I was committed to showing my work in an open studios event in July – our house was part of a new ‘trail’ in Worthing. Although we had shown previously with some of the artists nearby, this was the first attempt at a fairly large artist-run open house event here although we had been founder members of the very successful Fiveways Artists Group in Brighton. I was wary of the size of the group that had developed, but not surprised because the only criterion for inclusion was geographic – we had to be near enough each other to draw a ‘trail’ map. So 20 houses were involved and the range of art and craft on show was very wide. There was a benefit in increasing the number of visitors – our own mailing list usually brought 50 – 100 people each day, but this much larger event brought over 400 each day – almost a problem in terms of managing this number of people walking through house and studios. Interestingly, sales levels were not very different – so increased numbers do not necessarily mean increased sales.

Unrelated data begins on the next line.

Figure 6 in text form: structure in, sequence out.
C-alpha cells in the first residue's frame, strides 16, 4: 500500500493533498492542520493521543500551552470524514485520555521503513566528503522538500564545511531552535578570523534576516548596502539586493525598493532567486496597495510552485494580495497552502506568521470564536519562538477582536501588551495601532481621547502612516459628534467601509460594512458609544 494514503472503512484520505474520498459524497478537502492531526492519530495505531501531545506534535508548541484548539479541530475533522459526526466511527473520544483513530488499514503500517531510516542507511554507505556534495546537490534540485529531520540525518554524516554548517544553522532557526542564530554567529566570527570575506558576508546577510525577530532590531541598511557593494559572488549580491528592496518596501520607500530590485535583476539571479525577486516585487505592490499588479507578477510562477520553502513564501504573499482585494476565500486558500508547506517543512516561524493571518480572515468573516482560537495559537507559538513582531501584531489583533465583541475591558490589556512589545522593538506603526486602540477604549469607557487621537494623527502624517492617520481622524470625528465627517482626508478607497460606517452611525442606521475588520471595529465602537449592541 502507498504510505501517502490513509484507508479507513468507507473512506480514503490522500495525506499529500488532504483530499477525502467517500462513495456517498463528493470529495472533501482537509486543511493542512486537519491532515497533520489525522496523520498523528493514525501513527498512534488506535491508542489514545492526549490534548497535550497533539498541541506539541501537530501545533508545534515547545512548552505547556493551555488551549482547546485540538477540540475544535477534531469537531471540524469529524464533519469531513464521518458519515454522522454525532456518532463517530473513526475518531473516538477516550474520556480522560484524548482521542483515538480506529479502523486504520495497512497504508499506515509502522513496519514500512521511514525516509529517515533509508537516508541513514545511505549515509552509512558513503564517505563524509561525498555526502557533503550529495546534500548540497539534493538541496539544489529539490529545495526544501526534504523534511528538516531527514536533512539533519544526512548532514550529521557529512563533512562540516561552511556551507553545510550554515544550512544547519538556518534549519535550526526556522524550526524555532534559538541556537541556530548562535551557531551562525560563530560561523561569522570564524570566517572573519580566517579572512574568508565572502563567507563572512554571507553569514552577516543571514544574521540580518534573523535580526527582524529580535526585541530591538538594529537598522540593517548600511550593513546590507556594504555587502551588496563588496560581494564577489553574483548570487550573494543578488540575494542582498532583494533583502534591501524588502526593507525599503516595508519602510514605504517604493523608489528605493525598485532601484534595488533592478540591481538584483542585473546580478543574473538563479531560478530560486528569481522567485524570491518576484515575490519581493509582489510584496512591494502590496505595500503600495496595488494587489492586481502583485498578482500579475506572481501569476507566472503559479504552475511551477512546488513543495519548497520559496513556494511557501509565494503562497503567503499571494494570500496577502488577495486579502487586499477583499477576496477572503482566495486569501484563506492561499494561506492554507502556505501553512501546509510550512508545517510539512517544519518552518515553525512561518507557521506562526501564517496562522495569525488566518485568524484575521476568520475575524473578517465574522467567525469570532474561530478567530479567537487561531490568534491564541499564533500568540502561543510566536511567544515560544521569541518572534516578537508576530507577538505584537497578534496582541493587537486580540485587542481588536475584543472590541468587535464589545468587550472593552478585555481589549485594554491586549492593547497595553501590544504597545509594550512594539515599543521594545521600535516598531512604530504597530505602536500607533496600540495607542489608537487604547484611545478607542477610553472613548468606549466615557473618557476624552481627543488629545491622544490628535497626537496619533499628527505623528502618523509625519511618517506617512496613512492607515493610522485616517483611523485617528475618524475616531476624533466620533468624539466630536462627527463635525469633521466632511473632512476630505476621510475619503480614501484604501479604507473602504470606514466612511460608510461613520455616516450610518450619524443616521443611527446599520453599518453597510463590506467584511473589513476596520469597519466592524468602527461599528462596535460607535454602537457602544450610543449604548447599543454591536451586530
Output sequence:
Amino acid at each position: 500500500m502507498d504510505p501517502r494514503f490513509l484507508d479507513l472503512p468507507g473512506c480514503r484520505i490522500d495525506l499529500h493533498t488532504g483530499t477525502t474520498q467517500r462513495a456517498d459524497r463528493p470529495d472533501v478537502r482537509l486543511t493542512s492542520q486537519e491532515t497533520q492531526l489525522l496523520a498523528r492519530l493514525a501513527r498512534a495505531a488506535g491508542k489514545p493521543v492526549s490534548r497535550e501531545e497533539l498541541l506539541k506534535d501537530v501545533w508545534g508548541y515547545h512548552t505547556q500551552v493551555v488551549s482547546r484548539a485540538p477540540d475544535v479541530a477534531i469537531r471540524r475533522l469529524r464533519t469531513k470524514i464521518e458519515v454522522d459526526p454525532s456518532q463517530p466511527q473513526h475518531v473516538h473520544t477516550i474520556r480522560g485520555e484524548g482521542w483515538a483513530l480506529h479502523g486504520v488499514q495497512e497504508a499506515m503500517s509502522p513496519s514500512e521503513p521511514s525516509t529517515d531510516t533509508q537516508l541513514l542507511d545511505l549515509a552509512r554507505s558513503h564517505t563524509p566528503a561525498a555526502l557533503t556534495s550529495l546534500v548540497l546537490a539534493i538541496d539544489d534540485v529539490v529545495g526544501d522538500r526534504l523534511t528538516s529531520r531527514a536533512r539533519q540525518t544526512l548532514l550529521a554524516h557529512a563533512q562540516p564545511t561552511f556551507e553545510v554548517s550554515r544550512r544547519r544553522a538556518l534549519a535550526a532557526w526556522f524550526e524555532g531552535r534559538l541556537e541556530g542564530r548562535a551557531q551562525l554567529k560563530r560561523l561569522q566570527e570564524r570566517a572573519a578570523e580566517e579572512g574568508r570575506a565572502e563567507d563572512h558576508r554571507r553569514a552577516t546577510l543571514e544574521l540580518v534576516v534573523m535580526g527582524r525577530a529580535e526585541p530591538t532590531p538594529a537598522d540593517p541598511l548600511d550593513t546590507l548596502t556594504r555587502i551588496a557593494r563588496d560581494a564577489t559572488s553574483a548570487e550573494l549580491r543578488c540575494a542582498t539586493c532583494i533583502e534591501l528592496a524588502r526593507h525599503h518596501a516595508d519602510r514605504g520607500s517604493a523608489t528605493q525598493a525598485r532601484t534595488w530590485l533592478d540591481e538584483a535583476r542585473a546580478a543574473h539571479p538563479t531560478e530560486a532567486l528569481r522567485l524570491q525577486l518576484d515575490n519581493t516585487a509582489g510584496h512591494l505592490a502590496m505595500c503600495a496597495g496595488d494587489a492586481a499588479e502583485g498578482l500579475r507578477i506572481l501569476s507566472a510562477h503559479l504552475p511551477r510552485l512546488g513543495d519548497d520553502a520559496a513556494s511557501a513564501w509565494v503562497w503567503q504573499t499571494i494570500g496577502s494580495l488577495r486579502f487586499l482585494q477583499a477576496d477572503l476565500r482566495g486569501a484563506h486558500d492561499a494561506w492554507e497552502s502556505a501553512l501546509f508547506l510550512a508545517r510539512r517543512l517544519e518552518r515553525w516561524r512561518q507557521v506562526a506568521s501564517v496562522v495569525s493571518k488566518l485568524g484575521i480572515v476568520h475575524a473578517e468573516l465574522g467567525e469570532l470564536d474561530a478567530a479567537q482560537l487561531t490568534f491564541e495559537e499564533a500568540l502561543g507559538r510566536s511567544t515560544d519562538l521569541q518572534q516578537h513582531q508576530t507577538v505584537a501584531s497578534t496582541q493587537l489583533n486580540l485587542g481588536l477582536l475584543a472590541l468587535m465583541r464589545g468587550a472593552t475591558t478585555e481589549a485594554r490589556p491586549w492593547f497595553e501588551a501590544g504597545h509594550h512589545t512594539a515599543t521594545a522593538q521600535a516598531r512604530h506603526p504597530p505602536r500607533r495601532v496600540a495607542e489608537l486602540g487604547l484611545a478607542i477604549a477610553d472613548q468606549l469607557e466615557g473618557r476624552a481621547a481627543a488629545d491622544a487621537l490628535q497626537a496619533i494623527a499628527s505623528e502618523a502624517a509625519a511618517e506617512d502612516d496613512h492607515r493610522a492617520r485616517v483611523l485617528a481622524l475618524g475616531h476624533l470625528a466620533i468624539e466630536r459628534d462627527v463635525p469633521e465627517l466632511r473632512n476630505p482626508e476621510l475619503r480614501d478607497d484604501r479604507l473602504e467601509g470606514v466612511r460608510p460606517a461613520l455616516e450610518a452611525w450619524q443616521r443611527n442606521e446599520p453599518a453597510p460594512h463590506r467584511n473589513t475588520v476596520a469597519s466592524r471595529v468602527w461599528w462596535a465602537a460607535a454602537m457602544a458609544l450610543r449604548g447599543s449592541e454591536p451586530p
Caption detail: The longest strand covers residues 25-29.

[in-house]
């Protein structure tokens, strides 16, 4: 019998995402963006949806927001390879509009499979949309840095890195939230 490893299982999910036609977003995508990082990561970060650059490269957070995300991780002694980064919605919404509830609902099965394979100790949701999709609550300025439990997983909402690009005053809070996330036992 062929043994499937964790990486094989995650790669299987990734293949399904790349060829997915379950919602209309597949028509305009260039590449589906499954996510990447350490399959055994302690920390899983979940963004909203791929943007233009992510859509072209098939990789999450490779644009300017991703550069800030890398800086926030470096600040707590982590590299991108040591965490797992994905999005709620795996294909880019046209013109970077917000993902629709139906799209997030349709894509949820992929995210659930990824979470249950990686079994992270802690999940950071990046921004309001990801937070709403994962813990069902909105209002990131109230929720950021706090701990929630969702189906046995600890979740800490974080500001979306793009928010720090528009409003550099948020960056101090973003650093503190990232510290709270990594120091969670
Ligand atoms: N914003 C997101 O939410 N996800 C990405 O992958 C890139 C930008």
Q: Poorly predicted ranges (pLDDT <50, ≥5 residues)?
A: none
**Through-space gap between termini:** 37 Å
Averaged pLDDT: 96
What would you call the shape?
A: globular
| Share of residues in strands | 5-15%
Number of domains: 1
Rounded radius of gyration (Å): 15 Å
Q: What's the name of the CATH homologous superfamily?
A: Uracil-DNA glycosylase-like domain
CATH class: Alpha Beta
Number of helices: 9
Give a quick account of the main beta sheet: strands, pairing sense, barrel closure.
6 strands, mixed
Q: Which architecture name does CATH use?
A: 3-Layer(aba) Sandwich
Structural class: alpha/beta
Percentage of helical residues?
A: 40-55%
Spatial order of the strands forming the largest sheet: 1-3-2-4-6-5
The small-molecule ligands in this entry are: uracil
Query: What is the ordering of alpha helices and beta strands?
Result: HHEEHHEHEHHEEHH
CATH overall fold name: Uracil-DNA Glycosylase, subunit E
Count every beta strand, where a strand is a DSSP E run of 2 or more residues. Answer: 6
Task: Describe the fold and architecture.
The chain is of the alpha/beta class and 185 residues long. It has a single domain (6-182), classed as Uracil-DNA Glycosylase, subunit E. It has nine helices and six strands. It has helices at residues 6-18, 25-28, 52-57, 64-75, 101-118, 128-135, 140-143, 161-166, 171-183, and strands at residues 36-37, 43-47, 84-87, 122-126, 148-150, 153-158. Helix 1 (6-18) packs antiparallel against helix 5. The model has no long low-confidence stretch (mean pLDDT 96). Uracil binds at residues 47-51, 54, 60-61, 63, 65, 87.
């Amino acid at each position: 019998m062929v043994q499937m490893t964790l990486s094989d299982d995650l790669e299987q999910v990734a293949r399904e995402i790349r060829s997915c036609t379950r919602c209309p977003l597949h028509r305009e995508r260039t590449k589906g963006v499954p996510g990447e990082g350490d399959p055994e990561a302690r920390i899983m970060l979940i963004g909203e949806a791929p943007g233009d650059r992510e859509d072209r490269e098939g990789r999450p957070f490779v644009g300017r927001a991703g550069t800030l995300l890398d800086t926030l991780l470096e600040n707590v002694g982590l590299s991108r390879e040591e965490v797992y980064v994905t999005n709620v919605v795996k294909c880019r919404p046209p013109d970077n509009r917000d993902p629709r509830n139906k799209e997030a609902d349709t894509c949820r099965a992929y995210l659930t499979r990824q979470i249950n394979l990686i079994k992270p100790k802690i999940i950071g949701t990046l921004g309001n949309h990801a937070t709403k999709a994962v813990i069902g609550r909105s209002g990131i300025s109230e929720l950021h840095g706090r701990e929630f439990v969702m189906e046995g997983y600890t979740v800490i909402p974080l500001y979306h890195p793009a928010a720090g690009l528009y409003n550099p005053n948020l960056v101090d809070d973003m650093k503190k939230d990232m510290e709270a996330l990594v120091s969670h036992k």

I showed all the ‘work in progress’ woodcuts, etchings and silkscreen prints. I would usually develop a print to a point where I’m happy to start to edition it to sell – this year I only did that with the few recent etchings, and one screenprint, but several people asked to be advised when the woodcuts were available. The Power Flower print attracted a lot of attention with comments about it being meditative, like a mandala, like something from space, intriguing and a bit frightening.

I reviewed my notes from discussions and thought about the ‘undercurrent of intent’ running through a body of work – so what is it? What am I struggling to achieve and how will I know when I get there?